Research interests of our group

-Development of genomic tools to study the turnover of RNAs.
It is now evident that the control of gene expression is a multilevel process involving all stages of transcription, from the initiation to the stability of mRNAs. The complexity of this phenomenon needs new approaches to be understood, including at the genomic scale. This approach can only be performed in a model organism that has the necessary tools, such as the yeast S. cerevisiae. In our group we plan to develop and improve genetic and genomic tools to study yeast transcription in vivo and to clarify the functional networks that control the transcription of genes at a genomic scale. Our general aim is to define the mechanisms that regulate gene expression during transcription elongation and to identify the relationship between the control mechanisms of transcription and mRNA degradation for the homeostatic control of their levels. These tools are also being developed to study the pathogenic yeast model Candida albicans.

-Mechanisms of coordination between transcription and mRNA stability in yeast
The interrelationship of organisms with the environment leads to numerous situations where growth is compromised by alterations of the optimal conditions that causes stress. Stress responses are complex and include many levels. One of the most relevant is the transcriptional response. With the genomic tools developed in our laboratory we address different stress situations of practical importance in biomedicine and biotechnology: the response to osmotic stress and nitrogen deficiency in the wine yeast strain S. cerevisiae or the response to oxidative stress in C. albicans caused by the host. The first topic is financed by the panel of groups of excellence of the Generalitat Valenciana (Program "Prometeo"). The last two projects are carried out in collaboration with groups outside the University of Valencia, and the project consisting C. albicans is in practice with "PATHOGENOMICS" of the ERA-Net.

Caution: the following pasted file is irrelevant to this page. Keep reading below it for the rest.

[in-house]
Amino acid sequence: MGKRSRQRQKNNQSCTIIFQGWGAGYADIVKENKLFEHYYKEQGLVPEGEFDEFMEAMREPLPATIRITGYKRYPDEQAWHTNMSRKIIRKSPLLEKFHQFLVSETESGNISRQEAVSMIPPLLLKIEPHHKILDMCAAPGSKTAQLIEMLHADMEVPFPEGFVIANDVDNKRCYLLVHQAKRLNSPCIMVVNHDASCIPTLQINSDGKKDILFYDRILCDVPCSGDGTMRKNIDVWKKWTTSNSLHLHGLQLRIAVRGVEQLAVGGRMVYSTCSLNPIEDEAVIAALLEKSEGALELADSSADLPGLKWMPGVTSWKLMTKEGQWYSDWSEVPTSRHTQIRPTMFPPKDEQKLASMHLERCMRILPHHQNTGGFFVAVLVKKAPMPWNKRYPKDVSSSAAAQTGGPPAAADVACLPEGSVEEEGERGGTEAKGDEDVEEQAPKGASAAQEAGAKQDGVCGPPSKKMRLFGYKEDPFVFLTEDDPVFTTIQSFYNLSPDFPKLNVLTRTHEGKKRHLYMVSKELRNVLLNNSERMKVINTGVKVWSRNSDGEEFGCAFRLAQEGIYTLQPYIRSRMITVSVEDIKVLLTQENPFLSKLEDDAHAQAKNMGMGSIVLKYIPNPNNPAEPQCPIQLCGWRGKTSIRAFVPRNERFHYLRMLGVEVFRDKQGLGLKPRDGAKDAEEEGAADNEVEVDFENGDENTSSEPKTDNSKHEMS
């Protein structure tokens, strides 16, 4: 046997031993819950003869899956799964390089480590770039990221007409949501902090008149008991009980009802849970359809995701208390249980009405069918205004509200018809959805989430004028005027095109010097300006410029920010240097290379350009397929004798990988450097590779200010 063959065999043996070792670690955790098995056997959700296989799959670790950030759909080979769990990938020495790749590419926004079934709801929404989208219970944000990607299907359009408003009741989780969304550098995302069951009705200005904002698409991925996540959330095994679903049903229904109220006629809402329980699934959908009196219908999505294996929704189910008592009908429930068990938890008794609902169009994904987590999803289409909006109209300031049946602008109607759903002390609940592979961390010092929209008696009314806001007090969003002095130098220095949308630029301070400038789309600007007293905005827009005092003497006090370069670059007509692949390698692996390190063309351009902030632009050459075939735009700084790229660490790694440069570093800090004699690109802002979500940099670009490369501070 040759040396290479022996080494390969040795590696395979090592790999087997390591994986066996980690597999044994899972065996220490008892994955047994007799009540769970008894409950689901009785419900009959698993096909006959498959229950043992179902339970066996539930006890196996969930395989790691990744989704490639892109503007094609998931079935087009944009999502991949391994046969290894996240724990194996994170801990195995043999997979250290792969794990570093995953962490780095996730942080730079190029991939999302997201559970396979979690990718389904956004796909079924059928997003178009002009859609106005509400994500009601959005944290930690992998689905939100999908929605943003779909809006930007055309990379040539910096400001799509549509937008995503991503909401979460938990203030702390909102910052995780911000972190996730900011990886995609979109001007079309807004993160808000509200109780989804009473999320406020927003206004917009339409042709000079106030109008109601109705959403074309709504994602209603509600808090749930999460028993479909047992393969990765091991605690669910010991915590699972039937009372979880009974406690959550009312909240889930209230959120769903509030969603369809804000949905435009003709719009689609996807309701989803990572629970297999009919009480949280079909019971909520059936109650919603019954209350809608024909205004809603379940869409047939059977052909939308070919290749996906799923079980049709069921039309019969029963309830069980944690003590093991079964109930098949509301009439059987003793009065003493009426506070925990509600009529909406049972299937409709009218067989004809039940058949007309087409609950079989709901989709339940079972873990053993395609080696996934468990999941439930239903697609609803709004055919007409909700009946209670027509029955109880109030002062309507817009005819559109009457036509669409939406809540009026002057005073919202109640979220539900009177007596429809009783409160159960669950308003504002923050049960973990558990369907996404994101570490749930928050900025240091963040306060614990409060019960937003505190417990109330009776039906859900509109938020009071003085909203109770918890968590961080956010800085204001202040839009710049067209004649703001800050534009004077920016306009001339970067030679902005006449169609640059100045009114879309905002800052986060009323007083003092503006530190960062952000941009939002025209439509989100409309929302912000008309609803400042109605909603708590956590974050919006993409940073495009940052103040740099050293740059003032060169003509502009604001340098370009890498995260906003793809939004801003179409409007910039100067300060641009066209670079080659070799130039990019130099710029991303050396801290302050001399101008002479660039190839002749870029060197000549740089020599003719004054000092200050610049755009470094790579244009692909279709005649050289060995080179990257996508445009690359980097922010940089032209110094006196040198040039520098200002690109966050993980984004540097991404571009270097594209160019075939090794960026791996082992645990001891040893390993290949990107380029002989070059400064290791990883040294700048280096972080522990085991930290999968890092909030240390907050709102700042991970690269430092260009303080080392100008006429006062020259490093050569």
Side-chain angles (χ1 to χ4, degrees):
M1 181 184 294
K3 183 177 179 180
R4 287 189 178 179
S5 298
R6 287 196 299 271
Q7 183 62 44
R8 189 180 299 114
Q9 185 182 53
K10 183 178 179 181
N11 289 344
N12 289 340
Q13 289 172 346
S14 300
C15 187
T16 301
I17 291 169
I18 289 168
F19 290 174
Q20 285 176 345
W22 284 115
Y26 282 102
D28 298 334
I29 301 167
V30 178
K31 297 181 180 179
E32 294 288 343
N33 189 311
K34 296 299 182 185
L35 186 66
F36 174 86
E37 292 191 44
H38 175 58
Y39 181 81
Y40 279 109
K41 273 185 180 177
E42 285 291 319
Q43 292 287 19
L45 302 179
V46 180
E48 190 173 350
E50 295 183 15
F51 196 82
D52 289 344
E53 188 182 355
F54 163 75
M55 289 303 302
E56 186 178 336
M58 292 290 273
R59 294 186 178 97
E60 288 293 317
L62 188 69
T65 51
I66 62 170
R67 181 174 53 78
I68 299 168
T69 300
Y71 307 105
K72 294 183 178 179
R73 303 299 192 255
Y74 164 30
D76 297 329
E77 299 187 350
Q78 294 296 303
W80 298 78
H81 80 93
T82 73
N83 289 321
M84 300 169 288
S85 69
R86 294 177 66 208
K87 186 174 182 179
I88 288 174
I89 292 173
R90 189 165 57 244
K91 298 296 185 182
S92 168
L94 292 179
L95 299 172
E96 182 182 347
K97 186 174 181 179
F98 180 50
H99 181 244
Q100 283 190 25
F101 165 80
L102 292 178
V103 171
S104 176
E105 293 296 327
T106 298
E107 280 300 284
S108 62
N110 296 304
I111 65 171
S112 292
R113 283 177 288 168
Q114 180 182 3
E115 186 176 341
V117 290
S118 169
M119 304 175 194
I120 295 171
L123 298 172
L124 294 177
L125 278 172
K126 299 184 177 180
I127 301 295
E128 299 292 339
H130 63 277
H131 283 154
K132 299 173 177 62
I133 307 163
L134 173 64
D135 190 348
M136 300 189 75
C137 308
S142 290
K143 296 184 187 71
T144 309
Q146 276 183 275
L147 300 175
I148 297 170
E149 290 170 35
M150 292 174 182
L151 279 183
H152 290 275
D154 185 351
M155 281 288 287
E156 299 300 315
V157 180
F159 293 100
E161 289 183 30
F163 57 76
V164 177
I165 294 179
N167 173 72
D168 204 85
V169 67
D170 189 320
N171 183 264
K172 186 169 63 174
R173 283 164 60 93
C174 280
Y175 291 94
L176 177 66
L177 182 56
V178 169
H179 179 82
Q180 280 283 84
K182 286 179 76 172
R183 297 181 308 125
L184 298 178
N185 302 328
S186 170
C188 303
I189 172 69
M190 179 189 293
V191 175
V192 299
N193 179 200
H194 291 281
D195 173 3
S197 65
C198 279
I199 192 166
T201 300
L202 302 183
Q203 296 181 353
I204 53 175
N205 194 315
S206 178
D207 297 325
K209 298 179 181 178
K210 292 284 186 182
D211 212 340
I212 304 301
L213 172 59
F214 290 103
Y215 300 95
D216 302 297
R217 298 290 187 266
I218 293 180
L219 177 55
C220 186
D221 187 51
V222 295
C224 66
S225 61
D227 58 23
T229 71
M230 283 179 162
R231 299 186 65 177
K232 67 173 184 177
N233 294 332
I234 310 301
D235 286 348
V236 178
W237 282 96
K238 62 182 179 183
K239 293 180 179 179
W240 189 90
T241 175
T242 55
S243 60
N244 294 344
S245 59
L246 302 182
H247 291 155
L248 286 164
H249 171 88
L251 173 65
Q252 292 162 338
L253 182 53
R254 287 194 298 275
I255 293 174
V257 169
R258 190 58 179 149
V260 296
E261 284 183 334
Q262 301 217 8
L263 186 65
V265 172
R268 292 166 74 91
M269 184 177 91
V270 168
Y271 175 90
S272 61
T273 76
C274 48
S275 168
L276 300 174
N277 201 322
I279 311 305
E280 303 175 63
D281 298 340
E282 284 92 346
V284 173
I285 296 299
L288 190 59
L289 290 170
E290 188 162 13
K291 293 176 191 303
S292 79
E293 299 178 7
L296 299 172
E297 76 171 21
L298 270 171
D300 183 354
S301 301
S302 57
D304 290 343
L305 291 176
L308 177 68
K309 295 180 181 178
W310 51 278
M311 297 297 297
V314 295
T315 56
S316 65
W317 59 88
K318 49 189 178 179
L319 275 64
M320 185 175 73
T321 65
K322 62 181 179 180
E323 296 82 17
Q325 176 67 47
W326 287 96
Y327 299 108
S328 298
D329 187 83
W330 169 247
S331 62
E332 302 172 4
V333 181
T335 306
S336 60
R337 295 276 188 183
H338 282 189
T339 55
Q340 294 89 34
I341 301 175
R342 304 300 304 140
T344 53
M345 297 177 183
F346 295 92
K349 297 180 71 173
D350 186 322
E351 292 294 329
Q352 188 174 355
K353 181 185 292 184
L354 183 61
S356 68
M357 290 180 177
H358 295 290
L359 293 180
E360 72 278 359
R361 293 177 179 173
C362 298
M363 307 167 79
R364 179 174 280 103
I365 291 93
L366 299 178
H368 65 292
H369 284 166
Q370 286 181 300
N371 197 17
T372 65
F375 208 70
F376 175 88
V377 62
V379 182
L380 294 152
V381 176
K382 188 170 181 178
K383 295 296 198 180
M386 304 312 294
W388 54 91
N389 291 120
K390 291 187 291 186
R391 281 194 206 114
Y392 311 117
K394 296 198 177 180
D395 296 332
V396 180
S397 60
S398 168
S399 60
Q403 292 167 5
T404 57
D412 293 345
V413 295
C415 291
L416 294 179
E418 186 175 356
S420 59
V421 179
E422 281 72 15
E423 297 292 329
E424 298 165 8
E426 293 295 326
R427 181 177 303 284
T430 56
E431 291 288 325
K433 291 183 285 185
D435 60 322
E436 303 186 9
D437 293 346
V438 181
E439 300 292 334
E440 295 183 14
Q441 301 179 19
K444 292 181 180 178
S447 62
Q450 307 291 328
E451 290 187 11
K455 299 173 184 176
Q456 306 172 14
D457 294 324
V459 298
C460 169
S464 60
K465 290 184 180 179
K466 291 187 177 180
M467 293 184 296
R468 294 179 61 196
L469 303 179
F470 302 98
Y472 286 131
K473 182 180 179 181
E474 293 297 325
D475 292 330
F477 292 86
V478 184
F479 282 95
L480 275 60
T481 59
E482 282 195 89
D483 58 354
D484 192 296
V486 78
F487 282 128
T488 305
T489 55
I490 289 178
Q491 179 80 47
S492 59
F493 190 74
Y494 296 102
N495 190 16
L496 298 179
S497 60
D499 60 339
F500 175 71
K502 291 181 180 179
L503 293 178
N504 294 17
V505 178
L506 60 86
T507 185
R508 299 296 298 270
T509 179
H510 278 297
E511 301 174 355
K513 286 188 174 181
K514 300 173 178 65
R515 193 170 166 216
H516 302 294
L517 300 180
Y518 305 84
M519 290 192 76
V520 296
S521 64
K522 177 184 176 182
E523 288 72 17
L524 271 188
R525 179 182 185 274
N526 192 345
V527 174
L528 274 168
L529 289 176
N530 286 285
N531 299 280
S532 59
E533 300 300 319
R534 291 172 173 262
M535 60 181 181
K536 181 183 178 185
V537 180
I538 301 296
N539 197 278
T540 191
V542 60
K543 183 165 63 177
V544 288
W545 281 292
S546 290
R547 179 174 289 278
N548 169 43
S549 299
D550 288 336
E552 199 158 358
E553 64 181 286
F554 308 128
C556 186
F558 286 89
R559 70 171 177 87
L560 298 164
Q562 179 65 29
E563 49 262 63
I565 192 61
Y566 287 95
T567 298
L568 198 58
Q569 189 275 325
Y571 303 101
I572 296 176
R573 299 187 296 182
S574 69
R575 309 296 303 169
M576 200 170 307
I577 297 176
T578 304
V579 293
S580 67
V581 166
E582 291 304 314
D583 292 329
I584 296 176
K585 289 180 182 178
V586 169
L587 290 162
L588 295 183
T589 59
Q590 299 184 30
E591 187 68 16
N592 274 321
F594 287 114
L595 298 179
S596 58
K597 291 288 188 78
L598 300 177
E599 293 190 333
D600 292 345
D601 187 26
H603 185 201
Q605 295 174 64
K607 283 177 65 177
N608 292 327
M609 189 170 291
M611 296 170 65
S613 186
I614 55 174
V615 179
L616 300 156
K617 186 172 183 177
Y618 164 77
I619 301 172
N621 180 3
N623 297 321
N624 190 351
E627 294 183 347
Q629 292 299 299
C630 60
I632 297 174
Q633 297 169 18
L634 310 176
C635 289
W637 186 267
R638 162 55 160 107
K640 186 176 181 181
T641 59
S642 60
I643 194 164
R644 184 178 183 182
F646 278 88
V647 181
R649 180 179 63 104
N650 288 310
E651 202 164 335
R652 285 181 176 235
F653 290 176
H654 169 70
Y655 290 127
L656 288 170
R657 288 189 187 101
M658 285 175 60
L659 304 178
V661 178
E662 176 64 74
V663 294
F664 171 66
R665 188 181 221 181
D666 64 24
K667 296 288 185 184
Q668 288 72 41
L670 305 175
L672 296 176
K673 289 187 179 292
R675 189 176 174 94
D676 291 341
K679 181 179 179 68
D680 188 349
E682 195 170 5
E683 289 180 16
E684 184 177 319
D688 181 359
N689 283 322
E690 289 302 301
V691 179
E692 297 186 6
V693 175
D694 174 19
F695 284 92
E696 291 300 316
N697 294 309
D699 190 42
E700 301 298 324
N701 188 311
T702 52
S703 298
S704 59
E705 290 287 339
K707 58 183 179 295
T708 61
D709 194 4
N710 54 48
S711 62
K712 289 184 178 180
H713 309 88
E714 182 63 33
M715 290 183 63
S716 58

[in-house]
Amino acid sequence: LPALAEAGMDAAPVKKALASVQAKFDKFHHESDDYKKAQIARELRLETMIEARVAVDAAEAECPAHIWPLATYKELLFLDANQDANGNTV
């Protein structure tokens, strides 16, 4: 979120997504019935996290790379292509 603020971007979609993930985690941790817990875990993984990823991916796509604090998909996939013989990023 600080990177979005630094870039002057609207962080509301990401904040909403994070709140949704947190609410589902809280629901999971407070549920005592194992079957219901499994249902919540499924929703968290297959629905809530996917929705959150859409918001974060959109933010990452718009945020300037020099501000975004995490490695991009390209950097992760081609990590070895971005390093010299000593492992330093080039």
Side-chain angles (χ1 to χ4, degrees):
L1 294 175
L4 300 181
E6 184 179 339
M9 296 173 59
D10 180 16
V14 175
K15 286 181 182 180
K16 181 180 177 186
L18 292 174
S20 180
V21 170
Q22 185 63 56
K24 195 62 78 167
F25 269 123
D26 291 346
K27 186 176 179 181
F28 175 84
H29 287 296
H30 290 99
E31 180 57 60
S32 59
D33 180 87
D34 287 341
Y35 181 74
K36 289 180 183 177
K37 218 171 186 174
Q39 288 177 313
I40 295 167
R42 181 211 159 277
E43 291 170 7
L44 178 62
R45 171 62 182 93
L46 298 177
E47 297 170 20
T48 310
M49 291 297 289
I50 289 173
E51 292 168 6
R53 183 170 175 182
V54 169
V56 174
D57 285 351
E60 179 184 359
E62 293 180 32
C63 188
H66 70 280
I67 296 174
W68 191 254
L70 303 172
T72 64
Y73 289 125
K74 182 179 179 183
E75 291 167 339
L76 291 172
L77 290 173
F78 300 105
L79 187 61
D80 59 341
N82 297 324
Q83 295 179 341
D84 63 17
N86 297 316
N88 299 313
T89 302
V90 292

-Molecular mechanisms involved in post-transcriptional regulation of gene expression in response to environmental signals: regulation of  stability and translation of mRNAs in response to osmotic stress in the yeast strain S. cerevisiae.
In recent years it has been shown that post-transcriptional regulation occurs in parallel with the regulation of transcription in response to many extracellular signals and in many cases, especially in mammals, post-transcriptional mechanisms have a greater weight in adaptive responses. The appropriate response to each stimulus requires the quickly modification of protein levels in the cell, and for doing so there is a regulation of the mRNA degradation rates  and of the efficiency at which transcripts are translated. The overall goal of our laboratory is to discover the factors and signaling pathways involved and the mechanisms used for the control of stability and translation of mRNAs in the yeast model S. cerevisiae in response to stress.


Grupo GFL financiado por: